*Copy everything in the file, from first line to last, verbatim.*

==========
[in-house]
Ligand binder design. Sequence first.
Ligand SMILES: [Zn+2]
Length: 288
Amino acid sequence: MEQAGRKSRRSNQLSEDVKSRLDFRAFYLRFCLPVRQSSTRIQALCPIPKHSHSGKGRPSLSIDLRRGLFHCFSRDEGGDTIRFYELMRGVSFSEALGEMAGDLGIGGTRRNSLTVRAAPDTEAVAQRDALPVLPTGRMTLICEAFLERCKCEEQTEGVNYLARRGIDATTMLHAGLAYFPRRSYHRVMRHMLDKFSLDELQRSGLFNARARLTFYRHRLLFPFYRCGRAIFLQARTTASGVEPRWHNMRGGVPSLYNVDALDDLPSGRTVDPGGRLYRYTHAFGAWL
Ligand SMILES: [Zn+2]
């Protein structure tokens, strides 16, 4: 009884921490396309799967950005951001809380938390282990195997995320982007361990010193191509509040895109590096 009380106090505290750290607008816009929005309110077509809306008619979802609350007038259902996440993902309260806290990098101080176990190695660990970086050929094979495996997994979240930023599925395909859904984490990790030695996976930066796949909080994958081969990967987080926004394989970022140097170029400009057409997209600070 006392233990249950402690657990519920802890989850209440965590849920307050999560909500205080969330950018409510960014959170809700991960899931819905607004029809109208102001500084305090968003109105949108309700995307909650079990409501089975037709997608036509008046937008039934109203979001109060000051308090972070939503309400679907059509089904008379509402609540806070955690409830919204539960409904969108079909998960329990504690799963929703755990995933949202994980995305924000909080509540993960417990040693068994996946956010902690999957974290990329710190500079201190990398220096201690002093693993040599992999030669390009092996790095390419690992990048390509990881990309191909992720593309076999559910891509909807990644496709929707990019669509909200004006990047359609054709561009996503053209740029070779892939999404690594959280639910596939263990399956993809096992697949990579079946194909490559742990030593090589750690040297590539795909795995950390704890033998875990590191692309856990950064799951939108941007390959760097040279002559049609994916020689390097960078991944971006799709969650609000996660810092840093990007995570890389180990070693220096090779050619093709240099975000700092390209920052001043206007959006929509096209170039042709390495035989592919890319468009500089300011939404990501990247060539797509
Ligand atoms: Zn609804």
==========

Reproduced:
[in-house]
Ligand binder design. Sequence first.
Ligand SMILES: [Zn+2]
Length: 288
Amino acid sequence: MEQAGRKSRRSNQLSEDVKSRLDFRAFYLRFCLPVRQSSTRIQALCPIPKHSHSGKGRPSLSIDLRRGLFHCFSRDEGGDTIRFYELMRGVSFSEALGEMAGDLGIGGTRRNSLTVRAAPDTEAVAQRDALPVLPTGRMTLICEAFLERCKCEEQTEGVNYLARRGIDATTMLHAGLAYFPRRSYHRVMRHMLDKFSLDELQRSGLFNARARLTFYRHRLLFPFYRCGRAIFLQARTTASGVEPRWHNMRGGVPSLYNVDALDDLPSGRTVDPGGRLYRYTHAFGAWL
Ligand SMILES: [Zn+2]
């Protein structure tokens, strides 16, 4: 009884921490396309799967950005951001809380938390282990195997995320982007361990010193191509509040895109590096 009380106090505290750290607008816009929005309110077509809306008619979802609350007038259902996440993902309260806290990098101080176990190695660990970086050929094979495996997994979240930023599925395909859904984490990790030695996976930066796949909080994958081969990967987080926004394989970022140097170029400009057409997209600070 006392233990249950402690657990519920802890989850209440965590849920307050999560909500205080969330950018409510960014959170809700991960899931819905607004029809109208102001500084305090968003109105949108309700995307909650079990409501089975037709997608036509008046937008039934109203979001109060000051308090972070939503309400679907059509089904008379509402609540806070955690409830919204539960409904969108079909998960329990504690799963929703755990995933949202994980995305924000909080509540993960417990040693068994996946956010902690999957974290990329710190500079201190990398220096201690002093693993040599992999030669390009092996790095390419690992990048390509990881990309191909992720593309076999559910891509909807990644496709929707990019669509909200004006990047359609054709561009996503053209740029070779892939999404690594959280639910596939263990399956993809096992697949990579079946194909490559742990030593090589750690040297590539795909795995950390704890033998875990590191692309856990950064799951939108941007390959760097040279002559049609994916020689390097960078991944971006799709969650609000996660810092840093990007995570890389180990070693220096090779050619093709240099975000700092390209920052001043206007959006929509096209170039042709390495035989592919890319468009500089300011939404990501990247060539797509
Ligand atoms: Zn609804």